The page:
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AOL planning satellite-DSL broadband combo?

Adding DSL as the return pipe for satellite data could be a winner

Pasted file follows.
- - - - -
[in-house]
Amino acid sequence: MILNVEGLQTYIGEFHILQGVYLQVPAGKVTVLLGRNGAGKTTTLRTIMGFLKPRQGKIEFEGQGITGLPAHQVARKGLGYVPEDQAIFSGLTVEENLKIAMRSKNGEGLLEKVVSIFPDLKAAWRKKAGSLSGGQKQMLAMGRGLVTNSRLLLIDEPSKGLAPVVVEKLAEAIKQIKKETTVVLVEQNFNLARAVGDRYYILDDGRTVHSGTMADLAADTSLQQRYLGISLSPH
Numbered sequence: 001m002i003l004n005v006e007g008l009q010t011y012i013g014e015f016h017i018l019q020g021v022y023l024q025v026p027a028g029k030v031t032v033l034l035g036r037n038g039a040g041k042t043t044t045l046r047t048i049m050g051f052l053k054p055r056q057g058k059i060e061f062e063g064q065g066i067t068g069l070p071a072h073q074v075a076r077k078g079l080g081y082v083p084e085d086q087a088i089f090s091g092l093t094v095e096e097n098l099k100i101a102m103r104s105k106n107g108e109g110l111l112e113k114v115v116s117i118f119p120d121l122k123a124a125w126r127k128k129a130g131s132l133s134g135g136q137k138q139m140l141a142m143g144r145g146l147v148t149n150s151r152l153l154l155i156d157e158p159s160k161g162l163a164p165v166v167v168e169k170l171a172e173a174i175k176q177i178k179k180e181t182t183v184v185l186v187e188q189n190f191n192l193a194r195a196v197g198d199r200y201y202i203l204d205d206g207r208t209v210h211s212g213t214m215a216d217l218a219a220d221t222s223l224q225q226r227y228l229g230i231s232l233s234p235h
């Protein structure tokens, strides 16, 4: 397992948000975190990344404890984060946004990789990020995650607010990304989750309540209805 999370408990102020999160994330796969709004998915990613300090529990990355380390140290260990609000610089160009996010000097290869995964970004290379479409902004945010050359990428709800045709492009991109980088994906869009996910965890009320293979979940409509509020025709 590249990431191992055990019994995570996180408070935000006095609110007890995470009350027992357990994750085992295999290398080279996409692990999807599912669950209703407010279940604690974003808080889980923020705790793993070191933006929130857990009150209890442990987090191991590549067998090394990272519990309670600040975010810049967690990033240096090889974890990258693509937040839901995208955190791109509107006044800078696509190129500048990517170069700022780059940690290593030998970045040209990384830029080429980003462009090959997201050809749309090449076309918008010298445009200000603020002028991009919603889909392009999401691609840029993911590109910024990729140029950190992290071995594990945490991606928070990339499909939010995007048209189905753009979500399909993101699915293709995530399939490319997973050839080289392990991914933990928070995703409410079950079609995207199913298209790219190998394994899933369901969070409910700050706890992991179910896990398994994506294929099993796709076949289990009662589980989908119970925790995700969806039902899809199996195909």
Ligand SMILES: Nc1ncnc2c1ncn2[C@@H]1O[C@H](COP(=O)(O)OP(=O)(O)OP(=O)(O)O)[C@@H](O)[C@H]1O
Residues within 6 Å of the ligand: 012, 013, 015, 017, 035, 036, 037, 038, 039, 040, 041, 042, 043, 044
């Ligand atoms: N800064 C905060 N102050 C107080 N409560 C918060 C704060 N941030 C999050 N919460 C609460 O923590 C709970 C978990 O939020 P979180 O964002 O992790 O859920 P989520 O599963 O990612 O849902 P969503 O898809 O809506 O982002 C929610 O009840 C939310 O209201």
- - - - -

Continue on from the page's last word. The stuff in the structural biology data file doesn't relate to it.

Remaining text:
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AOL yesterday fleshed-out its next generation network plans by promising high speed DSL access across the United States. The company, which was briefing analysts, didn't specify either when this would happen or when broadband access outside of the US would be offered, but the scheme seems a plausible fit for the company's satellite-based AOL TV system. DSL is rolling out slowly in the US, and rather more slowly elsewhere. To some extent it's a rival to cable modem, but as a telecoms technology it has obvious attractions to AOL - service will be more a matter of user choice, whereas with cable modem you'll usually wind up with whatever service the cable company offers you. If you have a cable company. And while cable modem speeds are theoretically high, they're only as good as the provider is prepared to pay for. In a recent test run by Keynote Systems, a DSL connection beat cable during peak time use, i.e. in what you might call a real life scenario. Combined with satellite, however, DSL could be a winner for AOL. Initially AOL's 'satellite' service won't actually use satellite for data at all. Users will get combination satellite TV receiver and an Internet access system that uses plain old dial-up both for send and receive. But it seems that the systems AOL is using are already data-capable. Hughes, according to one tester who's been in touch with us, is working on ways to allow data grade signals to be picked up via DirecTV dish receivers. The Hughes satellites operate for both DirecTV and DirecPC, but the 'DirecTV' system can in fact broadcast data. According to our tester other satellite systems use the same technology as DirecTV, and it would therefore be a simple matter for them to 'switch on' data coverage, the obvious problem for them of course being the return pipe. Satellite at the moment is a highly efficient 'star' network topology that can send data down at high speeds, and that isn't vulnerable to the peak-time bottlenecking cable will experience, but you need a way to get data back from the user to the network. Which is where AOL, and maybe DSL, come in. AOL already has the dial-up network, and by introducing DSL or other high speed technologies (our tester suggests wireless, and why not?) in conjunction with satellite it would have an instant, high-reliability data out system running with a fairly high speed return pipe. And the network could have a global footprint almost immediately. AOL has dial-up practically everywhere, and Hughes' DirecPC is widely, if somewhat thinly, available. It's sold in Europe via a joint venture with Olivetti, for example, and it's also available in Japan. ®

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